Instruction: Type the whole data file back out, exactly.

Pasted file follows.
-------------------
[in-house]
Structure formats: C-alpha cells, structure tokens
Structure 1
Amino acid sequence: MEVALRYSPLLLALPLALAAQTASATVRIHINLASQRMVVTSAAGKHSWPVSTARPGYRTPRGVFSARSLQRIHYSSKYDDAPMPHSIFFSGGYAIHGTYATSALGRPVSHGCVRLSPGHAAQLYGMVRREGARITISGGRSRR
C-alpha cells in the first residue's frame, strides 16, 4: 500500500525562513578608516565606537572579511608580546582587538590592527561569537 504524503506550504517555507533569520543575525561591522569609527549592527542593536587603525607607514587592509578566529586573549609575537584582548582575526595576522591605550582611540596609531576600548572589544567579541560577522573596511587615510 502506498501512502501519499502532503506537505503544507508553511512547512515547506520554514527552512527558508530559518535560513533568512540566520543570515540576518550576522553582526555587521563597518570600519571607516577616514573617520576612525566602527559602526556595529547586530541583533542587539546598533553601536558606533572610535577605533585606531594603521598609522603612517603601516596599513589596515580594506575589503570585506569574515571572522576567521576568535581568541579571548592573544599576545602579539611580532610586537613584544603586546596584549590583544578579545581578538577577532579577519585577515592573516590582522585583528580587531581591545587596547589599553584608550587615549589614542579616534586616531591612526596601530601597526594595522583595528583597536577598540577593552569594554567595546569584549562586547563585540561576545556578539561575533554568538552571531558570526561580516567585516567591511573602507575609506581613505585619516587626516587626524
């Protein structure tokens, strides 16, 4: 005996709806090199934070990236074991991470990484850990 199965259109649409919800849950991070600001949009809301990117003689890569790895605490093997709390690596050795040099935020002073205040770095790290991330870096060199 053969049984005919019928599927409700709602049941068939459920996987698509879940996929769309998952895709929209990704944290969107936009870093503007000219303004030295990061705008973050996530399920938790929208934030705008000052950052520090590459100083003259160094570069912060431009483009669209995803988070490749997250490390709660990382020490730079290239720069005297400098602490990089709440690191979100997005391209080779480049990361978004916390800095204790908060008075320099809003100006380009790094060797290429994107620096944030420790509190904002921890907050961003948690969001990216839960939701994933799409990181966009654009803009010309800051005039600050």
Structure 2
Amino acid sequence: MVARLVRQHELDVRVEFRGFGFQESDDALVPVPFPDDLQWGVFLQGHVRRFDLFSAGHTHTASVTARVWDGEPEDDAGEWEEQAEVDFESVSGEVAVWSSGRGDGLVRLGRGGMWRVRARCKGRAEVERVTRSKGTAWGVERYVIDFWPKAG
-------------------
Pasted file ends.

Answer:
[in-house]
Structure formats: C-alpha cells, structure tokens
Structure 1
Amino acid sequence: MEVALRYSPLLLALPLALAAQTASATVRIHINLASQRMVVTSAAGKHSWPVSTARPGYRTPRGVFSARSLQRIHYSSKYDDAPMPHSIFFSGGYAIHGTYATSALGRPVSHGCVRLSPGHAAQLYGMVRREGARITISGGRSRR
C-alpha cells in the first residue's frame, strides 16, 4: 500500500525562513578608516565606537572579511608580546582587538590592527561569537 504524503506550504517555507533569520543575525561591522569609527549592527542593536587603525607607514587592509578566529586573549609575537584582548582575526595576522591605550582611540596609531576600548572589544567579541560577522573596511587615510 502506498501512502501519499502532503506537505503544507508553511512547512515547506520554514527552512527558508530559518535560513533568512540566520543570515540576518550576522553582526555587521563597518570600519571607516577616514573617520576612525566602527559602526556595529547586530541583533542587539546598533553601536558606533572610535577605533585606531594603521598609522603612517603601516596599513589596515580594506575589503570585506569574515571572522576567521576568535581568541579571548592573544599576545602579539611580532610586537613584544603586546596584549590583544578579545581578538577577532579577519585577515592573516590582522585583528580587531581591545587596547589599553584608550587615549589614542579616534586616531591612526596601530601597526594595522583595528583597536577598540577593552569594554567595546569584549562586547563585540561576545556578539561575533554568538552571531558570526561580516567585516567591511573602507575609506581613505585619516587626516587626524
């Protein structure tokens, strides 16, 4: 005996709806090199934070990236074991991470990484850990 199965259109649409919800849950991070600001949009809301990117003689890569790895605490093997709390690596050795040099935020002073205040770095790290991330870096060199 053969049984005919019928599927409700709602049941068939459920996987698509879940996929769309998952895709929209990704944290969107936009870093503007000219303004030295990061705008973050996530399920938790929208934030705008000052950052520090590459100083003259160094570069912060431009483009669209995803988070490749997250490390709660990382020490730079290239720069005297400098602490990089709440690191979100997005391209080779480049990361978004916390800095204790908060008075320099809003100006380009790094060797290429994107620096944030420790509190904002921890907050961003948690969001990216839960939701994933799409990181966009654009803009010309800051005039600050």
Structure 2
Amino acid sequence: MVARLVRQHELDVRVEFRGFGFQESDDALVPVPFPDDLQWGVFLQGHVRRFDLFSAGHTHTASVTARVWDGEPEDDAGEWEEQAEVDFESVSGEVAVWSSGRGDGLVRLGRGGMWRVRARCKGRAEVERVTRSKGTAWGVERYVIDFWPKAG